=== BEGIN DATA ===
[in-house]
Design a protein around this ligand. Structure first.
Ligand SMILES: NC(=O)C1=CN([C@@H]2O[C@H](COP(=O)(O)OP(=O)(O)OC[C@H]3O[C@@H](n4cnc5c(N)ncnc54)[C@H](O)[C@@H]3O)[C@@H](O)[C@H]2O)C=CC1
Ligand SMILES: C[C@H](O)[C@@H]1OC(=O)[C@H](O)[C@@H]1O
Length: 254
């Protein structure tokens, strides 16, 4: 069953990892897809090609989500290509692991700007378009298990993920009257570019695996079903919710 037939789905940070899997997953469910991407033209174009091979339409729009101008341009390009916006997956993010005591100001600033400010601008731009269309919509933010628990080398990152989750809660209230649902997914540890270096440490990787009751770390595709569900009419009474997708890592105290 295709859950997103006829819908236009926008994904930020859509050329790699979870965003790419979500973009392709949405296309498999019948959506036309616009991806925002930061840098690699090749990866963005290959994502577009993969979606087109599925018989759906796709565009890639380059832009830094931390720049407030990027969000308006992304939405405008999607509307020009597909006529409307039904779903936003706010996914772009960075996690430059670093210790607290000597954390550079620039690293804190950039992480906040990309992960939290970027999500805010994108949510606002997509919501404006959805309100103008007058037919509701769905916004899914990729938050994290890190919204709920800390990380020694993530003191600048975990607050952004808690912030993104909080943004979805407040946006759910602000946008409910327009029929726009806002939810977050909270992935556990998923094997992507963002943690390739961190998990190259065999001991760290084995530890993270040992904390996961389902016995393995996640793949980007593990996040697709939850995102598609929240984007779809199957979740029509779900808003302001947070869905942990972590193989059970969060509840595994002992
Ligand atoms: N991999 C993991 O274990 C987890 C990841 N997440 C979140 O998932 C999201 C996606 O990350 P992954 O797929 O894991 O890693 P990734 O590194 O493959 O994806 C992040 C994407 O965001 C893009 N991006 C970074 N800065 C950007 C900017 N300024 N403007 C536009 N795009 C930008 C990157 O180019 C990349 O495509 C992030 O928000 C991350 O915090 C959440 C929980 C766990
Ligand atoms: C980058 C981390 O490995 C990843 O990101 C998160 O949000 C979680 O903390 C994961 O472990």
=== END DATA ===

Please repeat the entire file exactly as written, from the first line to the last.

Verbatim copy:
[in-house]
Design a protein around this ligand. Structure first.
Ligand SMILES: NC(=O)C1=CN([C@@H]2O[C@H](COP(=O)(O)OP(=O)(O)OC[C@H]3O[C@@H](n4cnc5c(N)ncnc54)[C@H](O)[C@@H]3O)[C@@H](O)[C@H]2O)C=CC1
Ligand SMILES: C[C@H](O)[C@@H]1OC(=O)[C@H](O)[C@@H]1O
Length: 254
């Protein structure tokens, strides 16, 4: 069953990892897809090609989500290509692991700007378009298990993920009257570019695996079903919710 037939789905940070899997997953469910991407033209174009091979339409729009101008341009390009916006997956993010005591100001600033400010601008731009269309919509933010628990080398990152989750809660209230649902997914540890270096440490990787009751770390595709569900009419009474997708890592105290 295709859950997103006829819908236009926008994904930020859509050329790699979870965003790419979500973009392709949405296309498999019948959506036309616009991806925002930061840098690699090749990866963005290959994502577009993969979606087109599925018989759906796709565009890639380059832009830094931390720049407030990027969000308006992304939405405008999607509307020009597909006529409307039904779903936003706010996914772009960075996690430059670093210790607290000597954390550079620039690293804190950039992480906040990309992960939290970027999500805010994108949510606002997509919501404006959805309100103008007058037919509701769905916004899914990729938050994290890190919204709920800390990380020694993530003191600048975990607050952004808690912030993104909080943004979805407040946006759910602000946008409910327009029929726009806002939810977050909270992935556990998923094997992507963002943690390739961190998990190259065999001991760290084995530890993270040992904390996961389902016995393995996640793949980007593990996040697709939850995102598609929240984007779809199957979740029509779900808003302001947070869905942990972590193989059970969060509840595994002992
Ligand atoms: N991999 C993991 O274990 C987890 C990841 N997440 C979140 O998932 C999201 C996606 O990350 P992954 O797929 O894991 O890693 P990734 O590194 O493959 O994806 C992040 C994407 O965001 C893009 N991006 C970074 N800065 C950007 C900017 N300024 N403007 C536009 N795009 C930008 C990157 O180019 C990349 O495509 C992030 O928000 C991350 O915090 C959440 C929980 C766990
Ligand atoms: C980058 C981390 O490995 C990843 O990101 C998160 O949000 C979680 O903390 C994961 O472990």